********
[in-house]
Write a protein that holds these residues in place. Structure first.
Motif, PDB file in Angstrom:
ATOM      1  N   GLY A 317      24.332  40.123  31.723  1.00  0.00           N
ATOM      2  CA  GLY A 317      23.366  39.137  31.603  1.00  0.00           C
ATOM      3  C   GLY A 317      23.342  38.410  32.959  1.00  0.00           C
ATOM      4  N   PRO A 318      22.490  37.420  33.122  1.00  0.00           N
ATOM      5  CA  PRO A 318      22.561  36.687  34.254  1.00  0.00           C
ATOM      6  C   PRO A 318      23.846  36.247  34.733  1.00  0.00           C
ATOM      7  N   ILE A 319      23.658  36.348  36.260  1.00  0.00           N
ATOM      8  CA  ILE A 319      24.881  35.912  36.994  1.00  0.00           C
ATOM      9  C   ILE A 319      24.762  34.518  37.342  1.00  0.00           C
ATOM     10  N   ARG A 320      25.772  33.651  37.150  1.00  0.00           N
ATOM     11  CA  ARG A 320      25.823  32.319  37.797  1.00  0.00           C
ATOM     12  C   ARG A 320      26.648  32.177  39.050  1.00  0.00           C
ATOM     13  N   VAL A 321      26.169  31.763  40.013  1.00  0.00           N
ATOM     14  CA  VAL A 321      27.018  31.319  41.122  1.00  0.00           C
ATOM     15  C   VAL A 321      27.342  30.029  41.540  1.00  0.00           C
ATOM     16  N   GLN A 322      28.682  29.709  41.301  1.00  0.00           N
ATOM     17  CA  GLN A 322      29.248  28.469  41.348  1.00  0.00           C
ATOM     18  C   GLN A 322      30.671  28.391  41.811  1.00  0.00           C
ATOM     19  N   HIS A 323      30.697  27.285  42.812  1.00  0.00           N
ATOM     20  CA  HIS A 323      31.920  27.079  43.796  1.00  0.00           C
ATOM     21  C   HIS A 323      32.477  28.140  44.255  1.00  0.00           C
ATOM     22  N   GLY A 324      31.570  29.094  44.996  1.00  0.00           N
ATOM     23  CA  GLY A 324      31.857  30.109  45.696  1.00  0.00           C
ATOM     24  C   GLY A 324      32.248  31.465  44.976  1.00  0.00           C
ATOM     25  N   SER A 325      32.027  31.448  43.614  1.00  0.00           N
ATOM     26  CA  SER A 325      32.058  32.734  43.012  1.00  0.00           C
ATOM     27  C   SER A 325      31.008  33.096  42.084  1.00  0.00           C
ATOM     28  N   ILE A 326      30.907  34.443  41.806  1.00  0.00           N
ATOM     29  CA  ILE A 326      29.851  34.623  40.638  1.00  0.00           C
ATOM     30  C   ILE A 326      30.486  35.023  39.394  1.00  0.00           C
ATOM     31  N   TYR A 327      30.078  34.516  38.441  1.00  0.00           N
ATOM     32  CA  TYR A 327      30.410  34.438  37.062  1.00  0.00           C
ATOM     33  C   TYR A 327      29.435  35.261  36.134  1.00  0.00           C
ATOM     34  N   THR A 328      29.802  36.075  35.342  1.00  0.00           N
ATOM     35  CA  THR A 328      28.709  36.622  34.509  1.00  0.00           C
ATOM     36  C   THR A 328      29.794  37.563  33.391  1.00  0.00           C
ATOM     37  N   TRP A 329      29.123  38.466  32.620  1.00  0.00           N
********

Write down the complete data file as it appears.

[in-house]
Write a protein that holds these residues in place. Structure first.
Motif, PDB file in Angstrom:
ATOM      1  N   GLY A 317      24.332  40.123  31.723  1.00  0.00           N
ATOM      2  CA  GLY A 317      23.366  39.137  31.603  1.00  0.00           C
ATOM      3  C   GLY A 317      23.342  38.410  32.959  1.00  0.00           C
ATOM      4  N   PRO A 318      22.490  37.420  33.122  1.00  0.00           N
ATOM      5  CA  PRO A 318      22.561  36.687  34.254  1.00  0.00           C
ATOM      6  C   PRO A 318      23.846  36.247  34.733  1.00  0.00           C
ATOM      7  N   ILE A 319      23.658  36.348  36.260  1.00  0.00           N
ATOM      8  CA  ILE A 319      24.881  35.912  36.994  1.00  0.00           C
ATOM      9  C   ILE A 319      24.762  34.518  37.342  1.00  0.00           C
ATOM     10  N   ARG A 320      25.772  33.651  37.150  1.00  0.00           N
ATOM     11  CA  ARG A 320      25.823  32.319  37.797  1.00  0.00           C
ATOM     12  C   ARG A 320      26.648  32.177  39.050  1.00  0.00           C
ATOM     13  N   VAL A 321      26.169  31.763  40.013  1.00  0.00           N
ATOM     14  CA  VAL A 321      27.018  31.319  41.122  1.00  0.00           C
ATOM     15  C   VAL A 321      27.342  30.029  41.540  1.00  0.00           C
ATOM     16  N   GLN A 322      28.682  29.709  41.301  1.00  0.00           N
ATOM     17  CA  GLN A 322      29.248  28.469  41.348  1.00  0.00           C
ATOM     18  C   GLN A 322      30.671  28.391  41.811  1.00  0.00           C
ATOM     19  N   HIS A 323      30.697  27.285  42.812  1.00  0.00           N
ATOM     20  CA  HIS A 323      31.920  27.079  43.796  1.00  0.00           C
ATOM     21  C   HIS A 323      32.477  28.140  44.255  1.00  0.00           C
ATOM     22  N   GLY A 324      31.570  29.094  44.996  1.00  0.00           N
ATOM     23  CA  GLY A 324      31.857  30.109  45.696  1.00  0.00           C
ATOM     24  C   GLY A 324      32.248  31.465  44.976  1.00  0.00           C
ATOM     25  N   SER A 325      32.027  31.448  43.614  1.00  0.00           N
ATOM     26  CA  SER A 325      32.058  32.734  43.012  1.00  0.00           C
ATOM     27  C   SER A 325      31.008  33.096  42.084  1.00  0.00           C
ATOM     28  N   ILE A 326      30.907  34.443  41.806  1.00  0.00           N
ATOM     29  CA  ILE A 326      29.851  34.623  40.638  1.00  0.00           C
ATOM     30  C   ILE A 326      30.486  35.023  39.394  1.00  0.00           C
ATOM     31  N   TYR A 327      30.078  34.516  38.441  1.00  0.00           N
ATOM     32  CA  TYR A 327      30.410  34.438  37.062  1.00  0.00           C
ATOM     33  C   TYR A 327      29.435  35.261  36.134  1.00  0.00           C
ATOM     34  N   THR A 328      29.802  36.075  35.342  1.00  0.00           N
ATOM     35  CA  THR A 328      28.709  36.622  34.509  1.00  0.00           C
ATOM     36  C   THR A 328      29.794  37.563  33.391  1.00  0.00           C
ATOM     37  N   TRP A 329      29.123  38.466  32.620  1.00  0.00           N